FROM Sana Saleem
The Web at 25: Free Flow of Information or Censorship? The web was invented 25 years ago by a British physicist with a strong sense of Western values. Sir Tim Berners-Lee still envisions a free, open, democratizing system of universal communication. Berners-Lee has recently advocated a digital Bill of Rights to protect against the growth of government censorship that Google's Eric Schmidt calls " mechanisms of repression ." In China, citizen bloggers can be arrested. Pakistanis can't watch YouTube; and Russians won't read independent websites about Ukraine. Censorship and privacy violations reveal limits to the Global Village as the worldwide web becomes truly worldwide.
Terrorism and tweets, hate speech and murder Just days before an election, Britain is coping with a rash of deadly terrorism, and Prime Minister Theresa May is on the defensive. And again today, President Trump has tweeted criticism of the Mayor of London. Later, a double murder in Portland, Oregon has revealed the ugly past of a supposedly “progressive” city. One immediate question: is “hate speech” protected by the First Amendment?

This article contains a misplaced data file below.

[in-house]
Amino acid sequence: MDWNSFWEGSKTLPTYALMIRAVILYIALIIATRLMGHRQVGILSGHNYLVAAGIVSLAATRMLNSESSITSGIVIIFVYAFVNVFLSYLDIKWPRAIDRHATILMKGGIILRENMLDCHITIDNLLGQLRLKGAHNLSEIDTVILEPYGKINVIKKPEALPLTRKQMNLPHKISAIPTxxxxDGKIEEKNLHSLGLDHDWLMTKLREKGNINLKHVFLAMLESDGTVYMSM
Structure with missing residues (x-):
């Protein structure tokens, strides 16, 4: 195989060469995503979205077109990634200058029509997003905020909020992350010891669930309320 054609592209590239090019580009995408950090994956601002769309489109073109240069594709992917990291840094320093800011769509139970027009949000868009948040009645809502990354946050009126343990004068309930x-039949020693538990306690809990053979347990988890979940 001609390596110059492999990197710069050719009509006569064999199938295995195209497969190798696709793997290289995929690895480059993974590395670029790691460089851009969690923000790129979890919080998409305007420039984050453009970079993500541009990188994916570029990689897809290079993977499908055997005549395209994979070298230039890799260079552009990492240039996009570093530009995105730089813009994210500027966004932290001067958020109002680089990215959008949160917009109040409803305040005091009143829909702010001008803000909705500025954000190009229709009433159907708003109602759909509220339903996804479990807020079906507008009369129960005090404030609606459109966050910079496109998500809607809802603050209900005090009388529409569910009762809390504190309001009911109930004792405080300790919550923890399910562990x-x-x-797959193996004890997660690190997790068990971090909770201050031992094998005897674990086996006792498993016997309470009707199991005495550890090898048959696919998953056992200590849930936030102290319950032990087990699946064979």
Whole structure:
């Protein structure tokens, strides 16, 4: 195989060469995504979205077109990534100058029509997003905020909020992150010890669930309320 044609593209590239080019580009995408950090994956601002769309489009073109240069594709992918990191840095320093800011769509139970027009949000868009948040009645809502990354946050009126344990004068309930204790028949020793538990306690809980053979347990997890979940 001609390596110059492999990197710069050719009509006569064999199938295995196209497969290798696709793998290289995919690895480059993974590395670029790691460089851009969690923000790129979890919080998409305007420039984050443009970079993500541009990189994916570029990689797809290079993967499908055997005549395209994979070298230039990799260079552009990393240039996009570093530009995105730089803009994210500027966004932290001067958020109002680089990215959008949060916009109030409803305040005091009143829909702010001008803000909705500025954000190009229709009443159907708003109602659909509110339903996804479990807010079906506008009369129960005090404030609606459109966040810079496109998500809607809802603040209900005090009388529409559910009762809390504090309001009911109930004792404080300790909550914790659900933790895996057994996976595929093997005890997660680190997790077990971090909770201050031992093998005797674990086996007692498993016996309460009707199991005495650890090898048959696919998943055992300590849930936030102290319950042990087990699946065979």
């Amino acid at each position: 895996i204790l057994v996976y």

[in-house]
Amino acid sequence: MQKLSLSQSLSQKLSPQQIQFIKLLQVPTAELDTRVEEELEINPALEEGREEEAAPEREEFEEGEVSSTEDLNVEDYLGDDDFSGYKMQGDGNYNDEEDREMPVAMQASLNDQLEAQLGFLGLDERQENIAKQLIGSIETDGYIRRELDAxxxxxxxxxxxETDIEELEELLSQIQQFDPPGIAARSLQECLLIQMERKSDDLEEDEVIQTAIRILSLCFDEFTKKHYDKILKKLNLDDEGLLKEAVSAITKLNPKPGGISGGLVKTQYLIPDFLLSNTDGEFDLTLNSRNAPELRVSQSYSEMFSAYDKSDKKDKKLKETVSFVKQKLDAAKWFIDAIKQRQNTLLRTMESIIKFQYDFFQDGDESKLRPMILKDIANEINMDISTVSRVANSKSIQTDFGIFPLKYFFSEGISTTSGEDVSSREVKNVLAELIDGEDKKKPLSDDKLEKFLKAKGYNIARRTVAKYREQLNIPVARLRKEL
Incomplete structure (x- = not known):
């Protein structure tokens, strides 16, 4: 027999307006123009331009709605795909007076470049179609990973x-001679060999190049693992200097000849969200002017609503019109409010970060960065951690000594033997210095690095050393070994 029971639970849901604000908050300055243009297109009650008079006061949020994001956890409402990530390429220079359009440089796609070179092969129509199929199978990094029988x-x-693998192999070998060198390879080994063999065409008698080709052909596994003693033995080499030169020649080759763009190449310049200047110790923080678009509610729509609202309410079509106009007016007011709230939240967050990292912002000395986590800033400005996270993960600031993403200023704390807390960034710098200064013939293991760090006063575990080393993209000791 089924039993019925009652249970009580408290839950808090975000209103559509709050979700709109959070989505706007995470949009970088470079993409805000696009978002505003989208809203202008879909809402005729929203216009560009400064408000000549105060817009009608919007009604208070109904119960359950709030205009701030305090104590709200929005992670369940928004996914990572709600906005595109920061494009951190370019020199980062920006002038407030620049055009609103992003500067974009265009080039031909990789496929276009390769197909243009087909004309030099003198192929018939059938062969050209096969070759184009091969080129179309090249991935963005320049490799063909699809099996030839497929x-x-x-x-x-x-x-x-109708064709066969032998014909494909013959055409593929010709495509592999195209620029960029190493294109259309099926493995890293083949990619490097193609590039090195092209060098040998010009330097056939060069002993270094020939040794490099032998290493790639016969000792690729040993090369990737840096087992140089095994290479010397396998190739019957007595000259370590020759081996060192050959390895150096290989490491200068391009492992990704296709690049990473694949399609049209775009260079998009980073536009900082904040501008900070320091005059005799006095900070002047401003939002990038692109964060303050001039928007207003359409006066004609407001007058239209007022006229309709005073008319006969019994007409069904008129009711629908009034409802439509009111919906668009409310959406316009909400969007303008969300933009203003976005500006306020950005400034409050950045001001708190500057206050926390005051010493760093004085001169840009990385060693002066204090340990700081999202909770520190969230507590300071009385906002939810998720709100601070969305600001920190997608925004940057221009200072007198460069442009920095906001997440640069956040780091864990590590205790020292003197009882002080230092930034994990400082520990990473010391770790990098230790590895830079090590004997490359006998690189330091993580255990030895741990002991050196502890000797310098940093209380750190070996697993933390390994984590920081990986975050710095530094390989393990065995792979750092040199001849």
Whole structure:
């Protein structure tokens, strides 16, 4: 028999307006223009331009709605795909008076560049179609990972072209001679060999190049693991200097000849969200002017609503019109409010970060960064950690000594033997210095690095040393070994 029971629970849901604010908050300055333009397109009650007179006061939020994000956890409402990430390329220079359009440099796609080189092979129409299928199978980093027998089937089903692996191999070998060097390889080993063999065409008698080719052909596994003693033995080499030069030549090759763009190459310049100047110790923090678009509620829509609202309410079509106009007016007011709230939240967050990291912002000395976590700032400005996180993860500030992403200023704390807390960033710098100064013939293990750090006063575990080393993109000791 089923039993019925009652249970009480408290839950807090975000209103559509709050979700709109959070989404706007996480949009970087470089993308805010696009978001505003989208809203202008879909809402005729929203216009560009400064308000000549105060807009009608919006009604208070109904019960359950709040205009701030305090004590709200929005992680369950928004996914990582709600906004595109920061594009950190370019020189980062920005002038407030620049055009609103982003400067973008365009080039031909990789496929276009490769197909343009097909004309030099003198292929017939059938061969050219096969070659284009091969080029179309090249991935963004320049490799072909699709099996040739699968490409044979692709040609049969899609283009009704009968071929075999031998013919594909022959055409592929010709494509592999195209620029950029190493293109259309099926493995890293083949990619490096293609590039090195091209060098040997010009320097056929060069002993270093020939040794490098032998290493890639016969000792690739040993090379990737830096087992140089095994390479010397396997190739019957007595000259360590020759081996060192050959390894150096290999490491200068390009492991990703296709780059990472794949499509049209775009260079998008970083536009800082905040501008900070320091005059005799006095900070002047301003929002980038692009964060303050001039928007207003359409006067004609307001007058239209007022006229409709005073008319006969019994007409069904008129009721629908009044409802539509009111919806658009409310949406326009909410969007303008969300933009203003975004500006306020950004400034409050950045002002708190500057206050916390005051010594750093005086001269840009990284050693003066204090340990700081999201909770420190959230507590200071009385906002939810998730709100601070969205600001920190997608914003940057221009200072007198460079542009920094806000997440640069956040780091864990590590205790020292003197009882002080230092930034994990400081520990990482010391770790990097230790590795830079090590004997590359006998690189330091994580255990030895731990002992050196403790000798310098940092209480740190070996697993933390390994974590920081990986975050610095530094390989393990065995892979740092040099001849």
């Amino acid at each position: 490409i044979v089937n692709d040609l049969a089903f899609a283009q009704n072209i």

Trump plays scolder-in-chief with NATO allies At the opening of NATO’s dramatic new headquarters in Brussels today, President Trump acknowledged that Article 5 — promising that “an attack on one nation is an attack on all” -- has only been invoked one time: in the aftermath of September 11. But the President failed to provide what 27 other Alliance members have been waiting for: a re-commitment by America’s new leader to Article 5. Instead, they got a scolding.
Trump's 'America First' goes missing abroad In the Middle East, President Trump is changing some policies of the Obama Administration—and reversing his own campaign attacks on Islam as a religion that "hates us." We hear about his visit to Saudi Arabia and what's at stake for the rest of his foreign excursion.
The longest US war: Will Trump send more troops to Afghanistan? The Trump White House is divided over the Pentagon's request for more troops in Afghanistan—where the US has been fighting for the past 16 years. Is there a formula -- either for "victory" or a political settlement? Is there an end in sight for America's longest war?